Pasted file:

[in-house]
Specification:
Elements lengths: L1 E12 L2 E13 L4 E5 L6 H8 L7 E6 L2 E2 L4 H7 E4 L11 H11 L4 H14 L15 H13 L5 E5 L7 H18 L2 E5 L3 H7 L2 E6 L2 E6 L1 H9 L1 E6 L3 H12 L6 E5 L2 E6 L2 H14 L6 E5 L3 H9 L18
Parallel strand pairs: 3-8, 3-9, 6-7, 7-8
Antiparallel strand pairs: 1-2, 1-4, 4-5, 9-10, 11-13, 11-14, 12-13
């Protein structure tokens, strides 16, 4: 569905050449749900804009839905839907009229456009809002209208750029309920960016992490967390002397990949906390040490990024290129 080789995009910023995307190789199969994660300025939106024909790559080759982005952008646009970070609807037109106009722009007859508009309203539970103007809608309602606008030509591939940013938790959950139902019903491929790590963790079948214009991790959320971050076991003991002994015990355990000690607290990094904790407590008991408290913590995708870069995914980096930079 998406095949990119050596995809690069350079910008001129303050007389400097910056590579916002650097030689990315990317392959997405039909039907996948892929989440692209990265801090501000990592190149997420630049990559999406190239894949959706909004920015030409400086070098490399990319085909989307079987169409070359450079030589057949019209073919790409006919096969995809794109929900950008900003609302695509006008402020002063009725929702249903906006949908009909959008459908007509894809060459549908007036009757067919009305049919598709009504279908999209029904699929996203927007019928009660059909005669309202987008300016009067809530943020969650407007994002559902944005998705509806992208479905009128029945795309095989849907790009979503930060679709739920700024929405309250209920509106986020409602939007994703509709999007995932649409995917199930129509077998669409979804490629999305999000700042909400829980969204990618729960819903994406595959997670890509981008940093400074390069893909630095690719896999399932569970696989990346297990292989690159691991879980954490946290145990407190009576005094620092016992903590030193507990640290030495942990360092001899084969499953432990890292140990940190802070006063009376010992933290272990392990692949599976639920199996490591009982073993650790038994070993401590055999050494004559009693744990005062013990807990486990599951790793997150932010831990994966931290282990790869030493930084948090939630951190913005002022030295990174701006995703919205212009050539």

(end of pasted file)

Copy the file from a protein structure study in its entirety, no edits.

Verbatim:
[in-house]
Specification:
Elements lengths: L1 E12 L2 E13 L4 E5 L6 H8 L7 E6 L2 E2 L4 H7 E4 L11 H11 L4 H14 L15 H13 L5 E5 L7 H18 L2 E5 L3 H7 L2 E6 L2 E6 L1 H9 L1 E6 L3 H12 L6 E5 L2 E6 L2 H14 L6 E5 L3 H9 L18
Parallel strand pairs: 3-8, 3-9, 6-7, 7-8
Antiparallel strand pairs: 1-2, 1-4, 4-5, 9-10, 11-13, 11-14, 12-13
């Protein structure tokens, strides 16, 4: 569905050449749900804009839905839907009229456009809002209208750029309920960016992490967390002397990949906390040490990024290129 080789995009910023995307190789199969994660300025939106024909790559080759982005952008646009970070609807037109106009722009007859508009309203539970103007809608309602606008030509591939940013938790959950139902019903491929790590963790079948214009991790959320971050076991003991002994015990355990000690607290990094904790407590008991408290913590995708870069995914980096930079 998406095949990119050596995809690069350079910008001129303050007389400097910056590579916002650097030689990315990317392959997405039909039907996948892929989440692209990265801090501000990592190149997420630049990559999406190239894949959706909004920015030409400086070098490399990319085909989307079987169409070359450079030589057949019209073919790409006919096969995809794109929900950008900003609302695509006008402020002063009725929702249903906006949908009909959008459908007509894809060459549908007036009757067919009305049919598709009504279908999209029904699929996203927007019928009660059909005669309202987008300016009067809530943020969650407007994002559902944005998705509806992208479905009128029945795309095989849907790009979503930060679709739920700024929405309250209920509106986020409602939007994703509709999007995932649409995917199930129509077998669409979804490629999305999000700042909400829980969204990618729960819903994406595959997670890509981008940093400074390069893909630095690719896999399932569970696989990346297990292989690159691991879980954490946290145990407190009576005094620092016992903590030193507990640290030495942990360092001899084969499953432990890292140990940190802070006063009376010992933290272990392990692949599976639920199996490591009982073993650790038994070993401590055999050494004559009693744990005062013990807990486990599951790793997150932010831990994966931290282990790869030493930084948090939630951190913005002022030295990174701006995703919205212009050539």